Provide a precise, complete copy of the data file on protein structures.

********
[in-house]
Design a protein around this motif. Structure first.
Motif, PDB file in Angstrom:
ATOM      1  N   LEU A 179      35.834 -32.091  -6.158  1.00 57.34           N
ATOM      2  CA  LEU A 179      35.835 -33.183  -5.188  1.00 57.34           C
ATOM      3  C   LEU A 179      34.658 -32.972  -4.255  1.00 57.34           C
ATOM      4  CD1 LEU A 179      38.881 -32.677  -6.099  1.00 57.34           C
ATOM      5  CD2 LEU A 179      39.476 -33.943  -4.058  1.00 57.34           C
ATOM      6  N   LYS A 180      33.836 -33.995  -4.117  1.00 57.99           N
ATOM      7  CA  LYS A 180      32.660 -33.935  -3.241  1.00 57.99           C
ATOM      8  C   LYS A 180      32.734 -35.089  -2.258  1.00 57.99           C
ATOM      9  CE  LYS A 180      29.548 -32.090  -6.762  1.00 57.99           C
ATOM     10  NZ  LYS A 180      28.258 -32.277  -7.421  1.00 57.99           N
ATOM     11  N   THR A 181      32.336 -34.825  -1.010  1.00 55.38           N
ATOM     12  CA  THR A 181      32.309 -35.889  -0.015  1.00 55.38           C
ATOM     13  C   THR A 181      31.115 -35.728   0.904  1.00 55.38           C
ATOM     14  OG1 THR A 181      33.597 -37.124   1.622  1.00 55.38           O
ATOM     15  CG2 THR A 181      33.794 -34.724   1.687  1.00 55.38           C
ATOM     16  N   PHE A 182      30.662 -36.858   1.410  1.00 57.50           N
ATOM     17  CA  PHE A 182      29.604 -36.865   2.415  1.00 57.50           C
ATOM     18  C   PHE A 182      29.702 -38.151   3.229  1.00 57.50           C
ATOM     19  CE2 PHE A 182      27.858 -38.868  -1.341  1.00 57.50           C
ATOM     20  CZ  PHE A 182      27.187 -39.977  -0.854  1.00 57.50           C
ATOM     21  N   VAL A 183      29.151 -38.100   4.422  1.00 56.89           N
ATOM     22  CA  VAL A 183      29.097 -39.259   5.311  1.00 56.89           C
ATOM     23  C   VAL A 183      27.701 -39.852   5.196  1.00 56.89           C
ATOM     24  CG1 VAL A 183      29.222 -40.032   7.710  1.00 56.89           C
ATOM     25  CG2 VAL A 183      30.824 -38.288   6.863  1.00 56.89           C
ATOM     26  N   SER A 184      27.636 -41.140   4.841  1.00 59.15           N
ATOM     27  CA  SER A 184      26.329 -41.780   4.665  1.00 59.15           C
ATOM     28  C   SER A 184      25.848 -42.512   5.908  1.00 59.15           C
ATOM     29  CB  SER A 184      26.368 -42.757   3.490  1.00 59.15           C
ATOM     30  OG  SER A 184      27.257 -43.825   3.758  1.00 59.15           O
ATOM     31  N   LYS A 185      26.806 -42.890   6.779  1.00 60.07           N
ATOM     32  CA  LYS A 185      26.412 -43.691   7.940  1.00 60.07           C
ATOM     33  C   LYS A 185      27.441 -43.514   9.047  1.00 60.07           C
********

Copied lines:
[in-house]
Design a protein around this motif. Structure first.
Motif, PDB file in Angstrom:
ATOM      1  N   LEU A 179      35.834 -32.091  -6.158  1.00 57.34           N
ATOM      2  CA  LEU A 179      35.835 -33.183  -5.188  1.00 57.34           C
ATOM      3  C   LEU A 179      34.658 -32.972  -4.255  1.00 57.34           C
ATOM      4  CD1 LEU A 179      38.881 -32.677  -6.099  1.00 57.34           C
ATOM      5  CD2 LEU A 179      39.476 -33.943  -4.058  1.00 57.34           C
ATOM      6  N   LYS A 180      33.836 -33.995  -4.117  1.00 57.99           N
ATOM      7  CA  LYS A 180      32.660 -33.935  -3.241  1.00 57.99           C
ATOM      8  C   LYS A 180      32.734 -35.089  -2.258  1.00 57.99           C
ATOM      9  CE  LYS A 180      29.548 -32.090  -6.762  1.00 57.99           C
ATOM     10  NZ  LYS A 180      28.258 -32.277  -7.421  1.00 57.99           N
ATOM     11  N   THR A 181      32.336 -34.825  -1.010  1.00 55.38           N
ATOM     12  CA  THR A 181      32.309 -35.889  -0.015  1.00 55.38           C
ATOM     13  C   THR A 181      31.115 -35.728   0.904  1.00 55.38           C
ATOM     14  OG1 THR A 181      33.597 -37.124   1.622  1.00 55.38           O
ATOM     15  CG2 THR A 181      33.794 -34.724   1.687  1.00 55.38           C
ATOM     16  N   PHE A 182      30.662 -36.858   1.410  1.00 57.50           N
ATOM     17  CA  PHE A 182      29.604 -36.865   2.415  1.00 57.50           C
ATOM     18  C   PHE A 182      29.702 -38.151   3.229  1.00 57.50           C
ATOM     19  CE2 PHE A 182      27.858 -38.868  -1.341  1.00 57.50           C
ATOM     20  CZ  PHE A 182      27.187 -39.977  -0.854  1.00 57.50           C
ATOM     21  N   VAL A 183      29.151 -38.100   4.422  1.00 56.89           N
ATOM     22  CA  VAL A 183      29.097 -39.259   5.311  1.00 56.89           C
ATOM     23  C   VAL A 183      27.701 -39.852   5.196  1.00 56.89           C
ATOM     24  CG1 VAL A 183      29.222 -40.032   7.710  1.00 56.89           C
ATOM     25  CG2 VAL A 183      30.824 -38.288   6.863  1.00 56.89           C
ATOM     26  N   SER A 184      27.636 -41.140   4.841  1.00 59.15           N
ATOM     27  CA  SER A 184      26.329 -41.780   4.665  1.00 59.15           C
ATOM     28  C   SER A 184      25.848 -42.512   5.908  1.00 59.15           C
ATOM     29  CB  SER A 184      26.368 -42.757   3.490  1.00 59.15           C
ATOM     30  OG  SER A 184      27.257 -43.825   3.758  1.00 59.15           O
ATOM     31  N   LYS A 185      26.806 -42.890   6.779  1.00 60.07           N
ATOM     32  CA  LYS A 185      26.412 -43.691   7.940  1.00 60.07           C
ATOM     33  C   LYS A 185      27.441 -43.514   9.047  1.00 60.07           C